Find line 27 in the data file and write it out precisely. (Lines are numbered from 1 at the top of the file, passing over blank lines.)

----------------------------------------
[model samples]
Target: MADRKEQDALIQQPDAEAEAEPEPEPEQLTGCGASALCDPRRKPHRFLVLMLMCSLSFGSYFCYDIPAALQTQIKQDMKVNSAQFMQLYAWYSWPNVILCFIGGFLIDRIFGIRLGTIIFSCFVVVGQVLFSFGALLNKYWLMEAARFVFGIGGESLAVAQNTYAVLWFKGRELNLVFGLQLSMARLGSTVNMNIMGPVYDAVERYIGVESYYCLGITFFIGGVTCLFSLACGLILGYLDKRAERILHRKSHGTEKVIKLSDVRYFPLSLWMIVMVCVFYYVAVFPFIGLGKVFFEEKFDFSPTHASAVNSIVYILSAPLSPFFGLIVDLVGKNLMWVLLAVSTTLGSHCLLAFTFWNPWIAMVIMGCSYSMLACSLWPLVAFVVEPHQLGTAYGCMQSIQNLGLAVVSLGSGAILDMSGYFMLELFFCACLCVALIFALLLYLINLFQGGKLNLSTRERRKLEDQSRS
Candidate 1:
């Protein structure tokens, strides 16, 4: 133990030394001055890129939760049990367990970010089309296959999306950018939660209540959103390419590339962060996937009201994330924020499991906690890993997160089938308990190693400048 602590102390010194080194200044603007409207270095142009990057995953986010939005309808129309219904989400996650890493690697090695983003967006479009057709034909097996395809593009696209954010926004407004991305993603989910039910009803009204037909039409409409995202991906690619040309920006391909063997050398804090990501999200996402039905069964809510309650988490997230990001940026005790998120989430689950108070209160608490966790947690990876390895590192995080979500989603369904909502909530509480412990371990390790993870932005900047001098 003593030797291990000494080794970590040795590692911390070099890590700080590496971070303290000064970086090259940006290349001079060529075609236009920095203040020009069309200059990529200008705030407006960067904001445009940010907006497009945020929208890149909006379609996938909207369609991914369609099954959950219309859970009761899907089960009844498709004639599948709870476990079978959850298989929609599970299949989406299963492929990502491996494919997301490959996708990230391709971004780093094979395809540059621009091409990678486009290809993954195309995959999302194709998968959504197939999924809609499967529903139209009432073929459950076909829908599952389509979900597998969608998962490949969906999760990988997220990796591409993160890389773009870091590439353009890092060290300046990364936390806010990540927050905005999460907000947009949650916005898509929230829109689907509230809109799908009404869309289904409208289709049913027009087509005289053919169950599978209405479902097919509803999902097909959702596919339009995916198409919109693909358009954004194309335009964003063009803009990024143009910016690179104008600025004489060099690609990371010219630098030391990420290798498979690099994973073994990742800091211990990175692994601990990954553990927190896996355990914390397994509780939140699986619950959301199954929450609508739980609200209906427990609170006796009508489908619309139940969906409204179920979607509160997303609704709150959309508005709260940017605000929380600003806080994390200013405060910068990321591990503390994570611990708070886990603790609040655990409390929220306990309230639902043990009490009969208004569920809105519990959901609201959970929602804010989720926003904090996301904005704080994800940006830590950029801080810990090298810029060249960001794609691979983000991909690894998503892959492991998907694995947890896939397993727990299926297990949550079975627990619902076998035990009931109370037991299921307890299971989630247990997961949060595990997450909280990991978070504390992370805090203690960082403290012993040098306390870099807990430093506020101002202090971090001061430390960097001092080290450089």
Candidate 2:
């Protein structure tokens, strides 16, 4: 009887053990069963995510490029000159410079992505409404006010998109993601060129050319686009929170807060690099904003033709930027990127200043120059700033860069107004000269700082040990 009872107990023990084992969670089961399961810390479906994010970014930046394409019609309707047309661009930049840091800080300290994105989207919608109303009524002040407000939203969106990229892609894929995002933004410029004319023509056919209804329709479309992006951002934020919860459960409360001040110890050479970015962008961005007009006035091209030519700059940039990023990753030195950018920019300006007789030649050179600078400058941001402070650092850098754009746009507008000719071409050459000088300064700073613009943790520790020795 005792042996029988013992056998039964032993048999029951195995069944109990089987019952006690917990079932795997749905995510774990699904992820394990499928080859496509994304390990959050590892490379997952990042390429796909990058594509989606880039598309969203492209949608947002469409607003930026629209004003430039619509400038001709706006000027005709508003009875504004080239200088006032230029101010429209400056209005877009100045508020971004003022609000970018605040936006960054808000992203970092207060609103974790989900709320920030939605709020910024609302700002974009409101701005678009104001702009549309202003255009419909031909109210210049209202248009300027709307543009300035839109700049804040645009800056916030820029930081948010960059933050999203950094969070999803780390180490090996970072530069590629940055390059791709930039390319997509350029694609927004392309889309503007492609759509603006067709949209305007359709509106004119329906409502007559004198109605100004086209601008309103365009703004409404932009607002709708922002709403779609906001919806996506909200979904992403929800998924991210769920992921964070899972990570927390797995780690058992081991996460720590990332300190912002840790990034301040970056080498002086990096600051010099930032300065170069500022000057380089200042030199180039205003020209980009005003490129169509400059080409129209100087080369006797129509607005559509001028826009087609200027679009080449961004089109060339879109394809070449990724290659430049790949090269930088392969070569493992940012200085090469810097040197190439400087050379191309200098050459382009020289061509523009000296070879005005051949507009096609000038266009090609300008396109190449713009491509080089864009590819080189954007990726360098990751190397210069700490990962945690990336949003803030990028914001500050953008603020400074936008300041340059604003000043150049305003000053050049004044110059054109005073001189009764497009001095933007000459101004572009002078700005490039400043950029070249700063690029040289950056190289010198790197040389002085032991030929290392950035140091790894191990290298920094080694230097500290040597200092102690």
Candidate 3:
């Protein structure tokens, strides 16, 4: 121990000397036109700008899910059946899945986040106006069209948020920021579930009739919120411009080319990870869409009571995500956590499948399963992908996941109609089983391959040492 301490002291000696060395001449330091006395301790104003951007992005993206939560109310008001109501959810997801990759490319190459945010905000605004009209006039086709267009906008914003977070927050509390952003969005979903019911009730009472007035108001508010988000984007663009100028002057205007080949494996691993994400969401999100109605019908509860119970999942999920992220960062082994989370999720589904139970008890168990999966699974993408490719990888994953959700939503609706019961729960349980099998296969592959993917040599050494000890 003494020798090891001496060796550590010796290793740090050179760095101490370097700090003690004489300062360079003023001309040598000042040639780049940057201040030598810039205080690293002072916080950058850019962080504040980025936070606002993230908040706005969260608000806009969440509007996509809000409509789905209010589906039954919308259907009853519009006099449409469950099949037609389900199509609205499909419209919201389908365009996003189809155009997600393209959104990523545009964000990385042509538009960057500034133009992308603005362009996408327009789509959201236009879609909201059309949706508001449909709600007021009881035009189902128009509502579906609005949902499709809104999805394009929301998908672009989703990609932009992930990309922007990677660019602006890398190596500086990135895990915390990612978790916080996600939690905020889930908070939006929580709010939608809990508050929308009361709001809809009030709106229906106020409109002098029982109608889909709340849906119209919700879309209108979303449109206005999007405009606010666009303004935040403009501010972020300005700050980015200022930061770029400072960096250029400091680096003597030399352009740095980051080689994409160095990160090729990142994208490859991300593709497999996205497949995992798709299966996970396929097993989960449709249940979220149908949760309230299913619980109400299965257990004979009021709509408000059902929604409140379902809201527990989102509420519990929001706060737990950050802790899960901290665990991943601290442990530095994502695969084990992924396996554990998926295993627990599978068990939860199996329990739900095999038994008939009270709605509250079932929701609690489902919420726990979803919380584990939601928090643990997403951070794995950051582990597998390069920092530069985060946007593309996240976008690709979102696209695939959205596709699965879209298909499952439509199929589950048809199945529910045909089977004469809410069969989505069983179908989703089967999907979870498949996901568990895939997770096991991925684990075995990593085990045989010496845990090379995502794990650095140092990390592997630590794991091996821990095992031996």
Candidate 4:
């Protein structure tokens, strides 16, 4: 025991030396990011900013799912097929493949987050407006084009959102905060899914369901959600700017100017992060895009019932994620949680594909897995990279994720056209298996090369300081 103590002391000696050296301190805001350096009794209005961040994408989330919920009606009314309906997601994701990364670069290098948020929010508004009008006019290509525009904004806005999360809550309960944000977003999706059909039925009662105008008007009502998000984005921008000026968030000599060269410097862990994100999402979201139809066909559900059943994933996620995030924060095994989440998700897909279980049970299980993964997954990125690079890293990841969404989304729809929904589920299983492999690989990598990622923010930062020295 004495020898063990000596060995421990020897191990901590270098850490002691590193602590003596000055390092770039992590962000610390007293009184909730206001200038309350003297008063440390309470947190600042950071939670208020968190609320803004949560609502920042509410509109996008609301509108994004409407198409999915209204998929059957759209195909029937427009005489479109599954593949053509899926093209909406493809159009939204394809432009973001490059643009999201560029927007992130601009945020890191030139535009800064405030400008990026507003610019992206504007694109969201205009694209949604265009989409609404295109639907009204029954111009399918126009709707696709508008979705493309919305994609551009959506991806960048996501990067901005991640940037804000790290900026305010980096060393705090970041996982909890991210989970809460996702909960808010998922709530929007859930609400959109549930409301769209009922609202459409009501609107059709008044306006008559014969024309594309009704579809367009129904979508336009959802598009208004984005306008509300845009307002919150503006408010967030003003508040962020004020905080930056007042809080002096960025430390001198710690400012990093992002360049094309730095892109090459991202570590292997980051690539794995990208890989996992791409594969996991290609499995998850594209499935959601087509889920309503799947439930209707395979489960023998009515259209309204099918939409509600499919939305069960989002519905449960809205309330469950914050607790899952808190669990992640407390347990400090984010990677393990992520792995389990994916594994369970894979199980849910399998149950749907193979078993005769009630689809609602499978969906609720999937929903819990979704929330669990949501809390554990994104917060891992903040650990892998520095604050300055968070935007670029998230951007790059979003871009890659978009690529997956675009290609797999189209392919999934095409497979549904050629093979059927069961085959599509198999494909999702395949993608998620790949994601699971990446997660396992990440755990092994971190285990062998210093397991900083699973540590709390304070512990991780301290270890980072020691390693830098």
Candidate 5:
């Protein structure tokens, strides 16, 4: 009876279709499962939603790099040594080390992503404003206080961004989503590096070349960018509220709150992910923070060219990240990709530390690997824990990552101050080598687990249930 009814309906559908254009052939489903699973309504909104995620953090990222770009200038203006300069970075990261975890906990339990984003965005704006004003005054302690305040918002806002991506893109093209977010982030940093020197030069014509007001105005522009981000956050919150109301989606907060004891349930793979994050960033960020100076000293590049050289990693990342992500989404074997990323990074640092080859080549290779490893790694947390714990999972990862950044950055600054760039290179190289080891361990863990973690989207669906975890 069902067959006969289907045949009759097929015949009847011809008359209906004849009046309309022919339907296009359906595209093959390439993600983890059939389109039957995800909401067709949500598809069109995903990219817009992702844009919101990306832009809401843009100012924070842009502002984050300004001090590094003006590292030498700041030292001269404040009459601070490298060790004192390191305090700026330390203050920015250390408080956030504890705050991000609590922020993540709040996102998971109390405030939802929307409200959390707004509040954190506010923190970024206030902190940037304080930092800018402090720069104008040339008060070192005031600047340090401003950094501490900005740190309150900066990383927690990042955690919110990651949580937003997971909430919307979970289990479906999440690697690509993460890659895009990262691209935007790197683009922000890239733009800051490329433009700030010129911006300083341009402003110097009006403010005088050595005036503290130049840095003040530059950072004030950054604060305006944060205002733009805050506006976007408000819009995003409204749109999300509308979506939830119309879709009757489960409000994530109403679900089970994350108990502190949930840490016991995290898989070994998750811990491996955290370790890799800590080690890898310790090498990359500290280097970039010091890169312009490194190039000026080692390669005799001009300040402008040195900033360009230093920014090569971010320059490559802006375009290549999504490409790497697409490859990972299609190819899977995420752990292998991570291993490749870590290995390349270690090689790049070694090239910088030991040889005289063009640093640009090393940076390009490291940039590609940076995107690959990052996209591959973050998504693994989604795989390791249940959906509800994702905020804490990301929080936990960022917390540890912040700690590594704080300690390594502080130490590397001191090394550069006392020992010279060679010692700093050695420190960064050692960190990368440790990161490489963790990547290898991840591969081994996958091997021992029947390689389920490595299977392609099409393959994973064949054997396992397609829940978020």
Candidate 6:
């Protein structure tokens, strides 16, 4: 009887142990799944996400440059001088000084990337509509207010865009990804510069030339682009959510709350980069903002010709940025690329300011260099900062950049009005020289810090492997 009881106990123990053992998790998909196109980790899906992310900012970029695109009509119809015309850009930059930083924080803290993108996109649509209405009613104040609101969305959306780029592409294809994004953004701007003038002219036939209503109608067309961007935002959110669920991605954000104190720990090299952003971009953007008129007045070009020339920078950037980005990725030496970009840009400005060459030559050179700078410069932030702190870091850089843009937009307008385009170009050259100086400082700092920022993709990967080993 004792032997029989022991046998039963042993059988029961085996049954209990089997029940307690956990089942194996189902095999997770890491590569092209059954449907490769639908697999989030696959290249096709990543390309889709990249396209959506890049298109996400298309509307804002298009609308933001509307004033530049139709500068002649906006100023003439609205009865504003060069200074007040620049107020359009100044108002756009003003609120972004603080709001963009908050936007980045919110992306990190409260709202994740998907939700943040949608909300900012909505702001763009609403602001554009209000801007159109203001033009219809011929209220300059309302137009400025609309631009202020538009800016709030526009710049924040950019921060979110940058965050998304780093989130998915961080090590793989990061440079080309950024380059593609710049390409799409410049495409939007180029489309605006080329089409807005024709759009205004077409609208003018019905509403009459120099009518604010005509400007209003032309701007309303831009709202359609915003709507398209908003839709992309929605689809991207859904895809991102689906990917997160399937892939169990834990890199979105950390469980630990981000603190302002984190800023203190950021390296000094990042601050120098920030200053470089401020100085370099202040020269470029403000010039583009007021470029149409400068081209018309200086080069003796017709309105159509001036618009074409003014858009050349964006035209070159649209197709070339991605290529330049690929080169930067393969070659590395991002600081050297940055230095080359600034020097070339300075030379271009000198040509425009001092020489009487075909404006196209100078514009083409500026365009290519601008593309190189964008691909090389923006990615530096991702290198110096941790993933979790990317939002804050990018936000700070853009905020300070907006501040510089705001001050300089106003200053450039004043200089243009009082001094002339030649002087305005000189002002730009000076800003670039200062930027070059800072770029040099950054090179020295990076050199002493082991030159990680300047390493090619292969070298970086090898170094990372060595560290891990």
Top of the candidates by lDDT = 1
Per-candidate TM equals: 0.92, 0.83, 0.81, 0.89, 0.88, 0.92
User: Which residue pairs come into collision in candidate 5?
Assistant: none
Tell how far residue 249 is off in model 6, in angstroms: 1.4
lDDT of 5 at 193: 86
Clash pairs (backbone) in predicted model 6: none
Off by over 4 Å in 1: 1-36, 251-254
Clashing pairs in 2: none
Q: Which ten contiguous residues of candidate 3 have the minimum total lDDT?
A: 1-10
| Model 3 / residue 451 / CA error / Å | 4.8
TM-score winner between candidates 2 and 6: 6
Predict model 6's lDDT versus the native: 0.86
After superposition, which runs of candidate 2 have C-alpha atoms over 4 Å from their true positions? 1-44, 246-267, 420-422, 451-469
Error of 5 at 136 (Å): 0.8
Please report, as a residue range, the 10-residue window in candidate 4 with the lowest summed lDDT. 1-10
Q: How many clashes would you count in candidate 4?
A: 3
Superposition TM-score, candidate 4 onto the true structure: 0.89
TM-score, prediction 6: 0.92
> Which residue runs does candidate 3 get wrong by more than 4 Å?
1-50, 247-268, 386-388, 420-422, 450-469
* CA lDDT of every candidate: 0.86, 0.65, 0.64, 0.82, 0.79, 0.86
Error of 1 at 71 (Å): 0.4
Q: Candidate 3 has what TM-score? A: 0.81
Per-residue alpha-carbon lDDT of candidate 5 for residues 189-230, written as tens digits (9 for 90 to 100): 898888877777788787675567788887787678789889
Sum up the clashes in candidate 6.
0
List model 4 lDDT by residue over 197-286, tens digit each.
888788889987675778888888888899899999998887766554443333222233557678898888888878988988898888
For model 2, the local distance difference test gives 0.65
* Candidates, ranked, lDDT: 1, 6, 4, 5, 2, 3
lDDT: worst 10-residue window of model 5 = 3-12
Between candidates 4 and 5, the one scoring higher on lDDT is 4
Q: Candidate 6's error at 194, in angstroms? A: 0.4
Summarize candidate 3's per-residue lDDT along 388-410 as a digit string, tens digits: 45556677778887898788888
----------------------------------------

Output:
TM-score winner between candidates 2 and 6: 6